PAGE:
The emergency provider ordered another EKG at 1446 (his blood pressure at this time was about 206/103):

This EKG shows evolution of continued transmural ischemia of the inferior wall. The T wave in lead III has increased in size. There is new ST segment flattening and T wave inflation in II and aVF. The reciprocal change in aVL has become more pronounced. The T waves in V2 and V3 are starting to “deflate” suggesting posterior wall involvement. 

This time, the conventional computer algorithm read:

 “Normal sinus rhythm, normal ECG”.

The Queen of Hearts once again diagnoses OMI with high confidence:

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The ED provider recognized the changes in this EKG and called cardiology for a STAT consult. The cardiologist recognized that there were EKG changes, but did not take the patient for emergent catheterization because the EKG was “not meeting criteria for STEMI”.

At 1502, the first high sensitivity troponin T resulted at 18 ng/L (very slightly elevated, the URL is 16 ng/L for men in this assay).

The patient was put on a nitroglycerin drip and his pain improved with his blood pressure.

At 1554, a third EKG was ordered (At this time, his blood pressure was around 122/57): 

This EKG shows changes consistent with reperfusion of the inferior wall. The T waves in leads II and aVF have deflated, and the T wave in lead III has become terminally negative. The ST depressions in I and aVL have resolved. 

Smith comment: Is the ACS (rupture plaque) with occlusion that is now reperfusing?  Or is it a very tight stenosis that does not allow enough flow to perfuse myocardium that has a high oxygen demand from severely elevated BP?

Transmural ischemia (as seen with the OMI findings on ECG) is not very common with demand ischemia, but is possible.  The only study I'm aware of that looked at this was mine, in which 4% of Type II MI had New ST Elevation.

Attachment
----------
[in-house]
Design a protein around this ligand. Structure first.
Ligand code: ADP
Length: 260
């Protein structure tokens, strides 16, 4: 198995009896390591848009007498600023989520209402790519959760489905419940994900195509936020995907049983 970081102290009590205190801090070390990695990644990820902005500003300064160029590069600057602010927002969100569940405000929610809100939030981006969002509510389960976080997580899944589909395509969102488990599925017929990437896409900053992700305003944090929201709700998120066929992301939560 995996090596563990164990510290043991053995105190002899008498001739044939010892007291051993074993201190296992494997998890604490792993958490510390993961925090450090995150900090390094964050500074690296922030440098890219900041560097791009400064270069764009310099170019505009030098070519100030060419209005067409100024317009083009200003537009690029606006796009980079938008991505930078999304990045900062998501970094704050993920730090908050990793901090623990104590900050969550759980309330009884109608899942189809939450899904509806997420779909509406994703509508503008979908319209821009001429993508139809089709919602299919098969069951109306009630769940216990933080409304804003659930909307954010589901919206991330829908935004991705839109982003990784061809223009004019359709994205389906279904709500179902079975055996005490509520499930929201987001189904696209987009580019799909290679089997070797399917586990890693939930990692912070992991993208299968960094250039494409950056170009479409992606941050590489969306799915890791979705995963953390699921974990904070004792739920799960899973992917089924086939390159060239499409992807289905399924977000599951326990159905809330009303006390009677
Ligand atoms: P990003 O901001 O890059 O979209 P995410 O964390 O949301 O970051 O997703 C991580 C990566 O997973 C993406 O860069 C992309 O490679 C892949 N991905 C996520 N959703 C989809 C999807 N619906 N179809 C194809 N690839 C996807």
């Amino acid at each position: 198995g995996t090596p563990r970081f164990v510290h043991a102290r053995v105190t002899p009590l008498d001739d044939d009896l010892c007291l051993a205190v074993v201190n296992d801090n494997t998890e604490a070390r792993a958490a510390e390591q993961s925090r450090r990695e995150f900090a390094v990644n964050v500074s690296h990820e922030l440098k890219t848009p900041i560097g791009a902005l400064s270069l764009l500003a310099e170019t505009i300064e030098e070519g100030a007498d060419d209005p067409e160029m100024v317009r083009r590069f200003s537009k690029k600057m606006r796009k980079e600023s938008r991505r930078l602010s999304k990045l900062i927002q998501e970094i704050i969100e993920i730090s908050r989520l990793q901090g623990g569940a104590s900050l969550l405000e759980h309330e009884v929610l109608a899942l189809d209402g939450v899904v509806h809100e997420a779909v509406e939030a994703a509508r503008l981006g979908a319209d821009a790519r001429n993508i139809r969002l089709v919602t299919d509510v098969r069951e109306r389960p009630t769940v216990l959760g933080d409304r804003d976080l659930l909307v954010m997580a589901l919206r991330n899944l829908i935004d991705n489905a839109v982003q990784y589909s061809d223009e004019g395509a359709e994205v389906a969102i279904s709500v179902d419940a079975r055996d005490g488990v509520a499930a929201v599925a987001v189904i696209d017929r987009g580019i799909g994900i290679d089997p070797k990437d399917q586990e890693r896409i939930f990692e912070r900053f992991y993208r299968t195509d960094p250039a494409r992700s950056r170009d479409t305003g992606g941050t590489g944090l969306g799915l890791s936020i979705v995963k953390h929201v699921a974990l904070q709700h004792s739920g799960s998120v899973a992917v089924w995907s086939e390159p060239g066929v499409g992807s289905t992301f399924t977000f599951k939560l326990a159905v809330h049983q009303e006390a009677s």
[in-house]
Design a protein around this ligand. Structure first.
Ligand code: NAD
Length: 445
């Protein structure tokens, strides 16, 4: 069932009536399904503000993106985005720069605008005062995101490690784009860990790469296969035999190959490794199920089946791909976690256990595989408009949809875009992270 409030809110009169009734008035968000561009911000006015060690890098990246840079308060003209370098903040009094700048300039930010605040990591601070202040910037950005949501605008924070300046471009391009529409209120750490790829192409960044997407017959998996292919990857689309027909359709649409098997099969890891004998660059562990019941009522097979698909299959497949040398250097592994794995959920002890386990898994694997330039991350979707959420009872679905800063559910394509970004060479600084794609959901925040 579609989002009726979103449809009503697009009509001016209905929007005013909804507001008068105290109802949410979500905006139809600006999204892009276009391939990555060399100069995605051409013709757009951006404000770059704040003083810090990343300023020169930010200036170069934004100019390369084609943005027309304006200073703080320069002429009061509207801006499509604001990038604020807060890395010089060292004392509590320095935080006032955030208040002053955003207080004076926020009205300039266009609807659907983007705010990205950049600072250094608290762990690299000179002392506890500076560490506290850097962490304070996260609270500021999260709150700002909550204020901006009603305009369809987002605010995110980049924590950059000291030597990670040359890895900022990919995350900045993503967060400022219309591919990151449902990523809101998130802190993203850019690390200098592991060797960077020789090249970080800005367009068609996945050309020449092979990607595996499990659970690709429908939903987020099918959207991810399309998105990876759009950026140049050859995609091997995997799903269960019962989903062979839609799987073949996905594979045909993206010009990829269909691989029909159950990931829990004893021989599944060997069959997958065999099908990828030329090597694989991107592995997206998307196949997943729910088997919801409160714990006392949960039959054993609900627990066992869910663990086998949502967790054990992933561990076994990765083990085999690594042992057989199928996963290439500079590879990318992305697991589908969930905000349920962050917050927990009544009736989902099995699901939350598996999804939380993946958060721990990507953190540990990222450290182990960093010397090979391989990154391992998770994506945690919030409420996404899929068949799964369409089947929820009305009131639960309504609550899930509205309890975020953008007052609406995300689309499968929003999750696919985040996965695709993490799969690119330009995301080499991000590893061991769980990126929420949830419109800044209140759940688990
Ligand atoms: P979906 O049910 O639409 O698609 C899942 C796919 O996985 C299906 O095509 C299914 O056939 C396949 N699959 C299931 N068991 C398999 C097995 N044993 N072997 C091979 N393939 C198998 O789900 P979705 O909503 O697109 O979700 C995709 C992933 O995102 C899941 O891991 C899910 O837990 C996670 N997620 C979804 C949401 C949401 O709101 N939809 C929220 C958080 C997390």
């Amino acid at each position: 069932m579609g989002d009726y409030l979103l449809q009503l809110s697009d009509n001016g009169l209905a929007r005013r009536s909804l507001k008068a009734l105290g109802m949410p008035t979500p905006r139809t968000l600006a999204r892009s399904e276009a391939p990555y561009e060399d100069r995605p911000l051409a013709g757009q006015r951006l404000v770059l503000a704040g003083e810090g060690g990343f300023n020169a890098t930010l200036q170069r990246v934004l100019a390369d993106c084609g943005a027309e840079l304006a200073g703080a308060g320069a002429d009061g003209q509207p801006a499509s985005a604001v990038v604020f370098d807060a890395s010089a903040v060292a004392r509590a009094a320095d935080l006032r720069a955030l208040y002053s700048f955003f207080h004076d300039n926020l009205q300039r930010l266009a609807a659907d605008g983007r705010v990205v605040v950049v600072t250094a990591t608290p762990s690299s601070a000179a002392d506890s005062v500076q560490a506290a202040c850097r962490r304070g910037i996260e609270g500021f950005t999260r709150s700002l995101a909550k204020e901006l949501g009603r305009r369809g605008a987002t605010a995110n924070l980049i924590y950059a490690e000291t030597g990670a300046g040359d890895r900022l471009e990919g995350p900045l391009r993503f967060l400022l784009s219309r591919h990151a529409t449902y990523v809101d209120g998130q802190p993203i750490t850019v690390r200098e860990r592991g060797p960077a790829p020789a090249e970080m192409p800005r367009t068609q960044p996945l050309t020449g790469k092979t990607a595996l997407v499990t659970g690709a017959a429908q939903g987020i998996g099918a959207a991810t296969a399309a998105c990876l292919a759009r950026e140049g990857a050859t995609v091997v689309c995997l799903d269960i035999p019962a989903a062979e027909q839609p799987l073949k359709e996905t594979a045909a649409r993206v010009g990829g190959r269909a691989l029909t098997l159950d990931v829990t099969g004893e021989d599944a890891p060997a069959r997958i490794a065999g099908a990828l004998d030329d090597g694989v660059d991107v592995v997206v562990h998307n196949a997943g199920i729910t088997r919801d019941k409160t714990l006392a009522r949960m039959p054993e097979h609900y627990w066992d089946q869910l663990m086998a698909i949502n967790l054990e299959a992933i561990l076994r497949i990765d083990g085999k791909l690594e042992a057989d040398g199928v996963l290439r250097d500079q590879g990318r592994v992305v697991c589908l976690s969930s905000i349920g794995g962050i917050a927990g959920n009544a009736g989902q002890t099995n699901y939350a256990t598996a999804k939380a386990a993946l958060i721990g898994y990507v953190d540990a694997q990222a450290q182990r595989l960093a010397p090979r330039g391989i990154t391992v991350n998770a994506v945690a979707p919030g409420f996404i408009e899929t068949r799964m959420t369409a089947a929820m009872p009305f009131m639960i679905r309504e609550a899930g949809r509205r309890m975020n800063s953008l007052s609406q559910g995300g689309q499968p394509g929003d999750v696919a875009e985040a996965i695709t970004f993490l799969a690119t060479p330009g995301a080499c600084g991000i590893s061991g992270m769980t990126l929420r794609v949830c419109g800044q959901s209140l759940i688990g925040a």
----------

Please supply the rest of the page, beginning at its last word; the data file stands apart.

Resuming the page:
Smith SW.  Pearce LA.  Murakami MM. Apple FS.  Diagnosis of Type I vs. Type II Myocardial Infarction in Emergency Department patients with Ischemic Symptoms (abstract 102).  Annals of Emergency Medicine 2011; Suppl 58(4): S211.


Amazingly, the Queen of Hearts still diagnoses OMI, although this time with low confidence:

Case Continued by the Undergraduate:

The cardiology fellow wrote in their note: “With initial troponin just minimally elevated and resolution of chest pain as well as EKG changes with normalization of blood pressure, we have lower suspicion for an acute ischemic event. However, in light of risk factors for atherosclerotic disease and dynamic EKG changes today, we will pursue a CTCA tomorrow for further evaluation of coronaries. 

It does appear more likely that his chest pain was GI in nature (possibly esophageal spasm and/or GERD) given his large meal preceding onset of chest pain, as well as CT findings consistent with large amount of ingested material in stomach.”

Smith: What???!!!

So the patient was admitted to the hospital with no plan for an angiogram. 

Then at 1935 when a 2nd troponin  resulted at 211 ng/L, and the patient received a diagnosis of “NSTEMI.”  At 0635 the next day, a third troponin resulted at 899 ng/L.  At 1041 a formal echo showed an EF of 71% and the note stated that the “basal posterior segment and and basal inferior segment are abnormal”.